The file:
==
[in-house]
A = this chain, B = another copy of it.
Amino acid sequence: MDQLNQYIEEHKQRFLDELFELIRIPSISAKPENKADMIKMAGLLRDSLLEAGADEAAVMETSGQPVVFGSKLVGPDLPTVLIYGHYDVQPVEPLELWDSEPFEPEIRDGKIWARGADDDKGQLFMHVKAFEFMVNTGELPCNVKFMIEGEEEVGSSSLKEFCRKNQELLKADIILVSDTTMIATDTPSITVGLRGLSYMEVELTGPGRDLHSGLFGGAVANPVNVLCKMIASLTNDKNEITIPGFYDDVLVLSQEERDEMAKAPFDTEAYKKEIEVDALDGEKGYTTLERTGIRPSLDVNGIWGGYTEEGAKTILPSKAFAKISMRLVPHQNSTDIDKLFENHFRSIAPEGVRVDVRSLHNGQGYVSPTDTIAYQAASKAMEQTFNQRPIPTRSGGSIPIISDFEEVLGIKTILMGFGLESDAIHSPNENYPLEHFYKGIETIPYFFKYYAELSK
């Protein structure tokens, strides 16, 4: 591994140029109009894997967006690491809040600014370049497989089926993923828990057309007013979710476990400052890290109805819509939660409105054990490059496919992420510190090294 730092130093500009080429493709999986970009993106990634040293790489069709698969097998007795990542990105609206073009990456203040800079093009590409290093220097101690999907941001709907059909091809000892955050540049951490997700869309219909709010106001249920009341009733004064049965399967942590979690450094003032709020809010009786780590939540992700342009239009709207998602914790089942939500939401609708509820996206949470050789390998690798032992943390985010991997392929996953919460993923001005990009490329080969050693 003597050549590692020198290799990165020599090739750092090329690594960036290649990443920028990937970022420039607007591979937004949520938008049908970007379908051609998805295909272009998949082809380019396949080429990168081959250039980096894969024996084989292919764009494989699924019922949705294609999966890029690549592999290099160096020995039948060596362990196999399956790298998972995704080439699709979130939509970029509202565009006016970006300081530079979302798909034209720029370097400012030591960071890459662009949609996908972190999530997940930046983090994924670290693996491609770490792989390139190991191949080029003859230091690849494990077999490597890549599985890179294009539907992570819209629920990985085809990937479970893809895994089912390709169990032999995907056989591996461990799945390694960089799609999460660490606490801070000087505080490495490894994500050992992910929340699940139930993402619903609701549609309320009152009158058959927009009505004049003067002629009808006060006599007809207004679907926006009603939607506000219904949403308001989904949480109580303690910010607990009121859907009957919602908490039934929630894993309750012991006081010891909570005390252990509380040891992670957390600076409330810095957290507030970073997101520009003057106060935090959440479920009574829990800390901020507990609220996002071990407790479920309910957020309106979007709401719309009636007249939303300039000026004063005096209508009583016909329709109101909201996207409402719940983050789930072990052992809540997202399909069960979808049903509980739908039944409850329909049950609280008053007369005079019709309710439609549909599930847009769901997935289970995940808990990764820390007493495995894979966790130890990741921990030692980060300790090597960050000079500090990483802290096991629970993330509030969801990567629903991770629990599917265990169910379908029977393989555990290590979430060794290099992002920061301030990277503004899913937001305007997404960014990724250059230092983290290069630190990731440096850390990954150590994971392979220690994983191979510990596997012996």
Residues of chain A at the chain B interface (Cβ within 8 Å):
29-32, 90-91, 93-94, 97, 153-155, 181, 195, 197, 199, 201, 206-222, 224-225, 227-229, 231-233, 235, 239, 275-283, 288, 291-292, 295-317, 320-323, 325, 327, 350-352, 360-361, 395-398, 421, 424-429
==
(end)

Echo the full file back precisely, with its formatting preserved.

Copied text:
[in-house]
A = this chain, B = another copy of it.
Amino acid sequence: MDQLNQYIEEHKQRFLDELFELIRIPSISAKPENKADMIKMAGLLRDSLLEAGADEAAVMETSGQPVVFGSKLVGPDLPTVLIYGHYDVQPVEPLELWDSEPFEPEIRDGKIWARGADDDKGQLFMHVKAFEFMVNTGELPCNVKFMIEGEEEVGSSSLKEFCRKNQELLKADIILVSDTTMIATDTPSITVGLRGLSYMEVELTGPGRDLHSGLFGGAVANPVNVLCKMIASLTNDKNEITIPGFYDDVLVLSQEERDEMAKAPFDTEAYKKEIEVDALDGEKGYTTLERTGIRPSLDVNGIWGGYTEEGAKTILPSKAFAKISMRLVPHQNSTDIDKLFENHFRSIAPEGVRVDVRSLHNGQGYVSPTDTIAYQAASKAMEQTFNQRPIPTRSGGSIPIISDFEEVLGIKTILMGFGLESDAIHSPNENYPLEHFYKGIETIPYFFKYYAELSK
């Protein structure tokens, strides 16, 4: 591994140029109009894997967006690491809040600014370049497989089926993923828990057309007013979710476990400052890290109805819509939660409105054990490059496919992420510190090294 730092130093500009080429493709999986970009993106990634040293790489069709698969097998007795990542990105609206073009990456203040800079093009590409290093220097101690999907941001709907059909091809000892955050540049951490997700869309219909709010106001249920009341009733004064049965399967942590979690450094003032709020809010009786780590939540992700342009239009709207998602914790089942939500939401609708509820996206949470050789390998690798032992943390985010991997392929996953919460993923001005990009490329080969050693 003597050549590692020198290799990165020599090739750092090329690594960036290649990443920028990937970022420039607007591979937004949520938008049908970007379908051609998805295909272009998949082809380019396949080429990168081959250039980096894969024996084989292919764009494989699924019922949705294609999966890029690549592999290099160096020995039948060596362990196999399956790298998972995704080439699709979130939509970029509202565009006016970006300081530079979302798909034209720029370097400012030591960071890459662009949609996908972190999530997940930046983090994924670290693996491609770490792989390139190991191949080029003859230091690849494990077999490597890549599985890179294009539907992570819209629920990985085809990937479970893809895994089912390709169990032999995907056989591996461990799945390694960089799609999460660490606490801070000087505080490495490894994500050992992910929340699940139930993402619903609701549609309320009152009158058959927009009505004049003067002629009808006060006599007809207004679907926006009603939607506000219904949403308001989904949480109580303690910010607990009121859907009957919602908490039934929630894993309750012991006081010891909570005390252990509380040891992670957390600076409330810095957290507030970073997101520009003057106060935090959440479920009574829990800390901020507990609220996002071990407790479920309910957020309106979007709401719309009636007249939303300039000026004063005096209508009583016909329709109101909201996207409402719940983050789930072990052992809540997202399909069960979808049903509980739908039944409850329909049950609280008053007369005079019709309710439609549909599930847009769901997935289970995940808990990764820390007493495995894979966790130890990741921990030692980060300790090597960050000079500090990483802290096991629970993330509030969801990567629903991770629990599917265990169910379908029977393989555990290590979430060794290099992002920061301030990277503004899913937001305007997404960014990724250059230092983290290069630190990731440096850390990954150590994971392979220690994983191979510990596997012996």
Residues of chain A at the chain B interface (Cβ within 8 Å):
29-32, 90-91, 93-94, 97, 153-155, 181, 195, 197, 199, 201, 206-222, 224-225, 227-229, 231-233, 235, 239, 275-283, 288, 291-292, 295-317, 320-323, 325, 327, 350-352, 360-361, 395-398, 421, 424-429